Our Projects Abroad volunteer team of four included ourselves and two younger women (19 – 20) from France. Megane had been at KSEDO for about 2 months, while Flora started the day before we did. Thirty kids are a lot to handle in a single group. So Ms. Sophorn suggested that Megane and Flora focus more on the younger kids (5 – 10), while Sarah and I spent a little more time with the older children (11 – 17). That worked out nicely. There were still plenty of full group activities, and we got to know all of the kids really well.

The project work turned out to be a little bit different than we expected, but in a good way. It also involved some teaching work and there is probably always some overlap in these two activities. Despite their difficult backgrounds, the kids at the orphanage are pretty healthy. In fact, they are quite athletic and active. We were immediately impressed with the kids. They are bright, friendly, smiling and very polite.

What the kids need most is love and companionship, and to learn more English language skills. As was true in South Africa, they are pretty open about sharing their affection with you.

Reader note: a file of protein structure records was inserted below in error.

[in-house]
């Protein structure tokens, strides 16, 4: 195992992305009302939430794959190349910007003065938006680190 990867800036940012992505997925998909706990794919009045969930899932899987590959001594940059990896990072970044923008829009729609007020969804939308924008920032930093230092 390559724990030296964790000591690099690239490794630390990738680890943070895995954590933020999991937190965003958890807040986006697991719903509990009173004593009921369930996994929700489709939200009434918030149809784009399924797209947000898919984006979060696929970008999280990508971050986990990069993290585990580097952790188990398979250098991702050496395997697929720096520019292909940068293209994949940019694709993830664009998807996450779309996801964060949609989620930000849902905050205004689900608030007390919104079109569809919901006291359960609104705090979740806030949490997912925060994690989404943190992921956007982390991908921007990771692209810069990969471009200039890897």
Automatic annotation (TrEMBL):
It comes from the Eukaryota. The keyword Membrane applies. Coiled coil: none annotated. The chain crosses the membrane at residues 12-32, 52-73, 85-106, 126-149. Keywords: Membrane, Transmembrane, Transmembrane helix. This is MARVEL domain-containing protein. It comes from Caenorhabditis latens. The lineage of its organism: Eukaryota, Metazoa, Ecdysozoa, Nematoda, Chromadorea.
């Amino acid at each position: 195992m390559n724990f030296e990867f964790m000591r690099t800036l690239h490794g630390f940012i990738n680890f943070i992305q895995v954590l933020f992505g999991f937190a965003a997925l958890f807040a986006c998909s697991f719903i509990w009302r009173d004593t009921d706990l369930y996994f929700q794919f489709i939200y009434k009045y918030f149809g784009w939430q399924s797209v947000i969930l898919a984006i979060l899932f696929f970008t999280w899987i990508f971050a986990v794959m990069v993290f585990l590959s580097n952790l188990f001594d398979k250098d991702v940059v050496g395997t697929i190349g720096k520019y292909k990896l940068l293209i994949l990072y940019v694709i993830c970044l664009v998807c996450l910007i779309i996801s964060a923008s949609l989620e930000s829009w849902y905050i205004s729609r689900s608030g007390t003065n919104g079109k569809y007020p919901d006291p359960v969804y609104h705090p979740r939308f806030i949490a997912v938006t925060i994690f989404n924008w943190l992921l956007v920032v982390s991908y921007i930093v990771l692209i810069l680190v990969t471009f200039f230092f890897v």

The boys seemed to really appreciate having an adult male volunteer around, since most of the volunteers on care projects are female. We played a lot of sports. The boys were already great at football and volleyball, the main sport in Cambodia. I also taught them kickball, crab soccer, croquet, arm wrestling, bowling and baseball.

Playing football

Due to the move and the Khmer New Year holiday, the kids weren’t in school while we were there. This gave us more of an opportunity to do some teaching. Rather than focusing on English using flash cards, which we knew many other volunteers had done before, we mixed things up by using geography as the basis for interaction.

We brought to Cambodia a huge laminated world map, as well as currency and coins that we’ve collected from a lifetime of world travels. On our first day at the orphanage, we had each child pick a coin or note and then find the corresponding country on the map. All 30 kids gathered around the map on the floor. The kids had a great time. We had daily geography lessons with the older children. We picked ten countries in each continent, and taught the kids the capitals and population. We kept the learning fun by doing straight teaching for a while, then reinforcing the lessons by using the whiteboard to play games of “Hangman”. The kids had a great time, and some of them are really good at geography. They learned some new English indirectly, and we kept them engaged.

Ceremony with the monks